Recently, I started watching @ChelseaHandler (Twitter/Instagram) Netflix’s docuseries/talk show called Chelsea Does.., where she discusses controversial topics with notable guests, business people, and personal friends. These controversial topics vary from marriage, racism, technology, and stereotypes. Yes, all the things we discuss in our schools, barbershops, at home with family, and with friends. @ChelseaHandler is completely honest with a bit of humor sharing round-table banter on these topics with honorable friends and professionals. She asks the questions that we all may want to ask each other, while implementing her honest opinion on the subjects.
One of her recent episodes regarded the issue of racism and stereotypes in American that effect us internationally. As an African American woman , I took the topic of “recovering from slavery” from @ChelseaHandler’s conversation with Rev. Al Sharpton, and wanted to elaborate on the context.
In the topic of “stereotypes and racism”, @ChelseaHandler asked Al Sharpton what were the differences between Jews in Germany and Blacks in the U.S. As a Jewish women, @ChelseaHandler wanted to hear a direct answer from an influential African American civil rights public figure. In Sharpton’s answer he insinuates that some differences are that the holocaust in Germany was a horrific tragedy killing of millions of people in Europe; it was acknowledged by the world (especially the U.S.);reparations were given; and continuous apologies were also given. On the other hand, blacks acquired from Africa to the U.S. were taken, killed, tortured and belittled; no reparations given; they are continuously told by society to forget about what happened in the past; the history of slavery has recently been taken out of history books in the U.S.; blacks were told they didn’t do anything in world history to be proud of; their identity was stolen; police brutality/segregation; and all of this continuously happens in the U.S. The main difference that Sharpton highlights is that it happened in this country. The holocaust happened overseas. Both the holocaust and slavery were horrible, but the country that benefited the most from slavery will not recognize the evilness of its past, and its present is still being exploited to a mass group of people.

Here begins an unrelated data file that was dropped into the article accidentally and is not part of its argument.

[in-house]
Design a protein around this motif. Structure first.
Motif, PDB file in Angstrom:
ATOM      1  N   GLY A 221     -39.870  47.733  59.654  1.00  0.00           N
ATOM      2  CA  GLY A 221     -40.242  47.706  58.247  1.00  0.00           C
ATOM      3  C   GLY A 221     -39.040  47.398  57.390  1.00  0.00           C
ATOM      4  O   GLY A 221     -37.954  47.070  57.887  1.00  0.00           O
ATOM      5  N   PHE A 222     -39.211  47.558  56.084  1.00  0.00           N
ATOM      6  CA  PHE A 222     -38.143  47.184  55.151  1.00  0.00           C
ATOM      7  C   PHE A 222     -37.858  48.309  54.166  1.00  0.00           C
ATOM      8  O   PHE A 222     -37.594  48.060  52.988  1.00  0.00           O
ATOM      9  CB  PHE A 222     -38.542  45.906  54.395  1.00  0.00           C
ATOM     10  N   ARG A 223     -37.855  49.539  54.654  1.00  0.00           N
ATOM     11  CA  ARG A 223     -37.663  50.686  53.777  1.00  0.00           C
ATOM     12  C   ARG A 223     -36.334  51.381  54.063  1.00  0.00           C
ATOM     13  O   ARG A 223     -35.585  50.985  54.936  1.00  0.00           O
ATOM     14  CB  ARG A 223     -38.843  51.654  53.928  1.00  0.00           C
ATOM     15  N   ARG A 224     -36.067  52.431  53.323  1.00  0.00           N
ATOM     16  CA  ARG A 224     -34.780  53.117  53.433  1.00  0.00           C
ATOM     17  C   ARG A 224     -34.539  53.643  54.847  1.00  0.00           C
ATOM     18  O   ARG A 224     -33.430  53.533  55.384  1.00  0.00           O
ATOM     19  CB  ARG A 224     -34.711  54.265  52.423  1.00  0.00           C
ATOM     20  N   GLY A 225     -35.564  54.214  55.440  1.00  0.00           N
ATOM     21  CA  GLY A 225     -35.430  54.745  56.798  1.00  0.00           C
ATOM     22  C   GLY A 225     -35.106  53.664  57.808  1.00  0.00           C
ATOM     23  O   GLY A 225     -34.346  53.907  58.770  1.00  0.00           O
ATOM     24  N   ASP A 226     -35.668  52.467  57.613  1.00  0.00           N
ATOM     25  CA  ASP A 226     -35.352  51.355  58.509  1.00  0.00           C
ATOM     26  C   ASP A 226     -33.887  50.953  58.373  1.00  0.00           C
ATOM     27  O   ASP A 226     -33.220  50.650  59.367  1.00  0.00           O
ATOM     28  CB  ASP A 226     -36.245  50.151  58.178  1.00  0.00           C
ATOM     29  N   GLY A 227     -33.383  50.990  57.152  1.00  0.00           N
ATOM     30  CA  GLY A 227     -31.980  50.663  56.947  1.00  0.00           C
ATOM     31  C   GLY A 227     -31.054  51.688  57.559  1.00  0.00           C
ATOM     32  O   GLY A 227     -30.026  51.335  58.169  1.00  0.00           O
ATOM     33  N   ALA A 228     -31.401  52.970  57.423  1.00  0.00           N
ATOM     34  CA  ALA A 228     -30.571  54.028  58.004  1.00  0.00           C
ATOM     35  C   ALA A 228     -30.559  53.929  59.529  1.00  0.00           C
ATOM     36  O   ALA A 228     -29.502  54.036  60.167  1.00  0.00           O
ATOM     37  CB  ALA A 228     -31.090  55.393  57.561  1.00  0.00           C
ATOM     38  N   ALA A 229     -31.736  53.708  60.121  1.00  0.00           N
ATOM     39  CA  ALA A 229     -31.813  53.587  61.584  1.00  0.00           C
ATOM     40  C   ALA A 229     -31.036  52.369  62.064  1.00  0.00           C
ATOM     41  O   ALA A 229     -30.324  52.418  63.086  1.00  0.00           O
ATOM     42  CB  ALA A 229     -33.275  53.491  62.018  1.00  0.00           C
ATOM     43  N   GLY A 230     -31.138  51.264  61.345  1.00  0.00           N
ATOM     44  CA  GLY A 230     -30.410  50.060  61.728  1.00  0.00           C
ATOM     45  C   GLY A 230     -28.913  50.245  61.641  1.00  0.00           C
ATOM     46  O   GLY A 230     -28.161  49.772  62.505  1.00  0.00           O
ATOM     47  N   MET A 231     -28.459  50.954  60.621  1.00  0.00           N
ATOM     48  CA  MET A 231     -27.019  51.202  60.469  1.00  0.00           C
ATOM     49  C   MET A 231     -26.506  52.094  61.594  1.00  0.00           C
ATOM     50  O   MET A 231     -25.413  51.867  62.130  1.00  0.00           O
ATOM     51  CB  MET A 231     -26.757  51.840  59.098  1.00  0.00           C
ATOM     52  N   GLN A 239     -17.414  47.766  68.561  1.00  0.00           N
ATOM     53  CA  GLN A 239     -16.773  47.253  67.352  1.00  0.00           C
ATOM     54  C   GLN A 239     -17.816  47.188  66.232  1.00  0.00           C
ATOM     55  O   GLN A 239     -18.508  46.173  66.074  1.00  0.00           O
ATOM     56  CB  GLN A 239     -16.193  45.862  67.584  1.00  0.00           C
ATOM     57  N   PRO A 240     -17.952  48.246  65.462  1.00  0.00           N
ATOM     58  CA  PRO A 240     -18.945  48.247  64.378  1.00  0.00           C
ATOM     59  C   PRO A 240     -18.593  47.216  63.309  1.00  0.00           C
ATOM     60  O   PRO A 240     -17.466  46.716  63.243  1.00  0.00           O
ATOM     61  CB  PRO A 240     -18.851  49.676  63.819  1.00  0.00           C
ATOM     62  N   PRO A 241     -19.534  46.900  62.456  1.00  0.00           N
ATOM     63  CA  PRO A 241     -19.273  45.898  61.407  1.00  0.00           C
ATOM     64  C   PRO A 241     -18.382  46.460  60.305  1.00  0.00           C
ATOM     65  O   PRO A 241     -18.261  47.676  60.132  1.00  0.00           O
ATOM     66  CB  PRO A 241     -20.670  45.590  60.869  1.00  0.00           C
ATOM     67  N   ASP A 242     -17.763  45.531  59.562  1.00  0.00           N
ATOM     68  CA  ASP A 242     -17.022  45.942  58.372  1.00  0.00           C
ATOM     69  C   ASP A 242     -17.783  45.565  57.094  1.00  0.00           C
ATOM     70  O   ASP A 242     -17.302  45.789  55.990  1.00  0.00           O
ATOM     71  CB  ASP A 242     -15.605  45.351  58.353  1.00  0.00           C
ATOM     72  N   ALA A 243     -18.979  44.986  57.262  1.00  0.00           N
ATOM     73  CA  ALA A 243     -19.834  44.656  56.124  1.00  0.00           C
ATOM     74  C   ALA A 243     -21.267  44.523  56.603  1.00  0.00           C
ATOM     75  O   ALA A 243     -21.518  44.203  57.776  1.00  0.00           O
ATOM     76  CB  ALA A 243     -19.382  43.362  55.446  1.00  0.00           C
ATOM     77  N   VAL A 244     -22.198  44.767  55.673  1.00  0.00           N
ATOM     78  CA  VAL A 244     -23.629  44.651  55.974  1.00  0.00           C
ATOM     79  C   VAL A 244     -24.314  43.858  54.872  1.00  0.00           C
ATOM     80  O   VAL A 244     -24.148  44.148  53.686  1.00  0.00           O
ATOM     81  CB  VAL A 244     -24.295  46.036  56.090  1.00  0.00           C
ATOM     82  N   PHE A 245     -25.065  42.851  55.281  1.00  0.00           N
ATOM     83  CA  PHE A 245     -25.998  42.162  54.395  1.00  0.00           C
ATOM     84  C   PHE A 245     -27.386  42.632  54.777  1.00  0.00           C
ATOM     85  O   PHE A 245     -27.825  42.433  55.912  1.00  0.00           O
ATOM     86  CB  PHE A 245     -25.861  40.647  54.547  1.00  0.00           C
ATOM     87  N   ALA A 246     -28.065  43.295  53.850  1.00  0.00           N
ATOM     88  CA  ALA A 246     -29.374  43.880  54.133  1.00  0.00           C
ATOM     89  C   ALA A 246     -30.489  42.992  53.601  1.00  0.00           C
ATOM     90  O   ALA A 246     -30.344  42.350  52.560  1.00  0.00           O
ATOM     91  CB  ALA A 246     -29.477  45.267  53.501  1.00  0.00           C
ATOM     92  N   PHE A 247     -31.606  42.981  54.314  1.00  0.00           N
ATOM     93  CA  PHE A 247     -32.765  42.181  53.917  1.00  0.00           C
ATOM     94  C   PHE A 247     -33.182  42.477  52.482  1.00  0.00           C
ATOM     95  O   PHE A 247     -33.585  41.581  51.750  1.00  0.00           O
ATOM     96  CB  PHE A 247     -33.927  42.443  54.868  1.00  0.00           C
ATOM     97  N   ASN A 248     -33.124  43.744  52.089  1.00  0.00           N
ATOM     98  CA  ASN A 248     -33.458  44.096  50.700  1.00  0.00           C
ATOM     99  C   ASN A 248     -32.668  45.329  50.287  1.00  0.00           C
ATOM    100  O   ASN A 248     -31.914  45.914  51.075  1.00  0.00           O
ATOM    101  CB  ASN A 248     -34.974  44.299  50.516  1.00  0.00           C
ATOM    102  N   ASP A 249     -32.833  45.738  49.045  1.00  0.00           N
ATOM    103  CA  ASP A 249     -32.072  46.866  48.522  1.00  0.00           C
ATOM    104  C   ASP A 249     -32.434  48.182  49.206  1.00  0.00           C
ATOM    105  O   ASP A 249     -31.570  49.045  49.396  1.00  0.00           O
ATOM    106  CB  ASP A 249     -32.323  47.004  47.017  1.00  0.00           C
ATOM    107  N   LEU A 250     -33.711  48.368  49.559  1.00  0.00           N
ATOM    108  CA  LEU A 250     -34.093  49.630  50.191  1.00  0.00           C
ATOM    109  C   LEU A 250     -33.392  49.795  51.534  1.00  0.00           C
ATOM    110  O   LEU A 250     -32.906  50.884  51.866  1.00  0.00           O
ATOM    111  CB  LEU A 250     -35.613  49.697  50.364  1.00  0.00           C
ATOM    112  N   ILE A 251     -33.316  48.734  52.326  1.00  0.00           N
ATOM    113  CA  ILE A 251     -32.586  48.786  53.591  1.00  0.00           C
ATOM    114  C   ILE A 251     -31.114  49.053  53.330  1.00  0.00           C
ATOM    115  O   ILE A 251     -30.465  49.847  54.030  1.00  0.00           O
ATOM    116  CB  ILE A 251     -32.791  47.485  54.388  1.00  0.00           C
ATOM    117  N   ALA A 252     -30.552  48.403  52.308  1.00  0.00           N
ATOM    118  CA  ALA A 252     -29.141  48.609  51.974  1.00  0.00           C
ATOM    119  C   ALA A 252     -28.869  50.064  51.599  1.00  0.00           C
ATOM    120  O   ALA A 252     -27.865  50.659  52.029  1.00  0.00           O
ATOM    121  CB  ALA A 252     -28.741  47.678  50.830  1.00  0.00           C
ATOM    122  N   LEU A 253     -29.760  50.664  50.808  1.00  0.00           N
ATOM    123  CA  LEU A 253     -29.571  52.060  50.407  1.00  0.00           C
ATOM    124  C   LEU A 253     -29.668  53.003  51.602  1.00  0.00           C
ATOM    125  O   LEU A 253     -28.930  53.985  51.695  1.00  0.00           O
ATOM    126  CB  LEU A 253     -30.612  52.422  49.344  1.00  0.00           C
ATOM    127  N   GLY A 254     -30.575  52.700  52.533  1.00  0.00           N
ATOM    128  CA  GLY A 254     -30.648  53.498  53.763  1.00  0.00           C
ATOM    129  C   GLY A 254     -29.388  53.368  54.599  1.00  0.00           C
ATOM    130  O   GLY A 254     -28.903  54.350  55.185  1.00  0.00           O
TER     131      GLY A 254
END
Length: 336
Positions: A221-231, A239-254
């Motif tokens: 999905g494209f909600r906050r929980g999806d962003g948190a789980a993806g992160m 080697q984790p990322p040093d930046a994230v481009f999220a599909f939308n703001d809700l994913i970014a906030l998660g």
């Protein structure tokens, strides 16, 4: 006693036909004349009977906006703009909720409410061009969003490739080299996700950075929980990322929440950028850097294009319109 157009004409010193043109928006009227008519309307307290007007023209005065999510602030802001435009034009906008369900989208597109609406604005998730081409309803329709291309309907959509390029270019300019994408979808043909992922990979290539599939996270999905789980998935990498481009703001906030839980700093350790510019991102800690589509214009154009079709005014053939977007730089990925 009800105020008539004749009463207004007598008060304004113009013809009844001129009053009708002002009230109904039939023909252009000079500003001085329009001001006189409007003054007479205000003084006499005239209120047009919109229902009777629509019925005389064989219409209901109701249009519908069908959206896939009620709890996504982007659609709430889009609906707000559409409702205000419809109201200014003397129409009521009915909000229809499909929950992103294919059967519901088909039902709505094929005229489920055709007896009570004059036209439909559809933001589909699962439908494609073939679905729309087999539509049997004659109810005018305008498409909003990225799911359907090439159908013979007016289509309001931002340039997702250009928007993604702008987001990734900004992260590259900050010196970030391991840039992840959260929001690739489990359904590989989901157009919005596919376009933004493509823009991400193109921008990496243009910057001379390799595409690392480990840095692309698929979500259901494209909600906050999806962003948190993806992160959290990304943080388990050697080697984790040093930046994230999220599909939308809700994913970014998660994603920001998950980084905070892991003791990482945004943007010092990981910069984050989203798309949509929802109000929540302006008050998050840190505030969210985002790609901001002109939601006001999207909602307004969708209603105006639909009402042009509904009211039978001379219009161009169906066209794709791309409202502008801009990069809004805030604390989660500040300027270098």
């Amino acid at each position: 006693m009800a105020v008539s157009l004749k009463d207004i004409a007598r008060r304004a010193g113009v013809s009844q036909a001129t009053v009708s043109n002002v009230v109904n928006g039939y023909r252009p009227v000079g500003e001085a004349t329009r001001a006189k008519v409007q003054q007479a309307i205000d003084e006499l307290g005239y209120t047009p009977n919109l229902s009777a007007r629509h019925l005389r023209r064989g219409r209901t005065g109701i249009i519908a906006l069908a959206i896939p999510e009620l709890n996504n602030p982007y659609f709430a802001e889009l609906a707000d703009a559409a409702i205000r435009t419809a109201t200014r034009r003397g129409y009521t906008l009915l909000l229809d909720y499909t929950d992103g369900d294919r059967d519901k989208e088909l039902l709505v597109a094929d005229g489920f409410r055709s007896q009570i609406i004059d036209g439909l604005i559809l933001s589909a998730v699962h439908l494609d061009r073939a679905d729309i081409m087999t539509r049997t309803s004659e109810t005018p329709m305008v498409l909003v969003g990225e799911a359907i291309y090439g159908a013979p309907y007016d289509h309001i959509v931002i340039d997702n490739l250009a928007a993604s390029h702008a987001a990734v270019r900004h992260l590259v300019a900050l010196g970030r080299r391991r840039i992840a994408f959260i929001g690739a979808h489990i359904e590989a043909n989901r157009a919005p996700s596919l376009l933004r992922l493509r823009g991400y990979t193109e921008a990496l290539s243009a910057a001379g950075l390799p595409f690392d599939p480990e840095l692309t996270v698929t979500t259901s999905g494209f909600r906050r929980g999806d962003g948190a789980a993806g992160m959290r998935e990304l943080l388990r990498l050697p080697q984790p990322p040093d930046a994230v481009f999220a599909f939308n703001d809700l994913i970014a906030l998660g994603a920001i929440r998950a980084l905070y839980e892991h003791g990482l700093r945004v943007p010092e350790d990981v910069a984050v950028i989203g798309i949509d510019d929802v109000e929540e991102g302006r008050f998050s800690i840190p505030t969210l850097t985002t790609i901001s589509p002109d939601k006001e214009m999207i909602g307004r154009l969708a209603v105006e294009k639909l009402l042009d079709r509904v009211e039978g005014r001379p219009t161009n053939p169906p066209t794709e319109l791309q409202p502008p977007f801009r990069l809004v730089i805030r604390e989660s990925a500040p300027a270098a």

A part of recovering from any incident is acknowledging that it happened and why it happened. Without acknowledgement, it causes a subliminal continuous cycle of pain and evilness that suggest what happened was okay. Like what happened wasn’t significant. Like what happened hasn’t created a great divide and great privilege for a group of people that initiated the incident. It allows the ancestors of those people that created this evilness to create a world where they financially, physically, emotionally, philosophically benefit from this act of hate. How can these people recover from this?
It must first start with the individuals themselves, then later ricochet to the masses.
Thanks for Reading!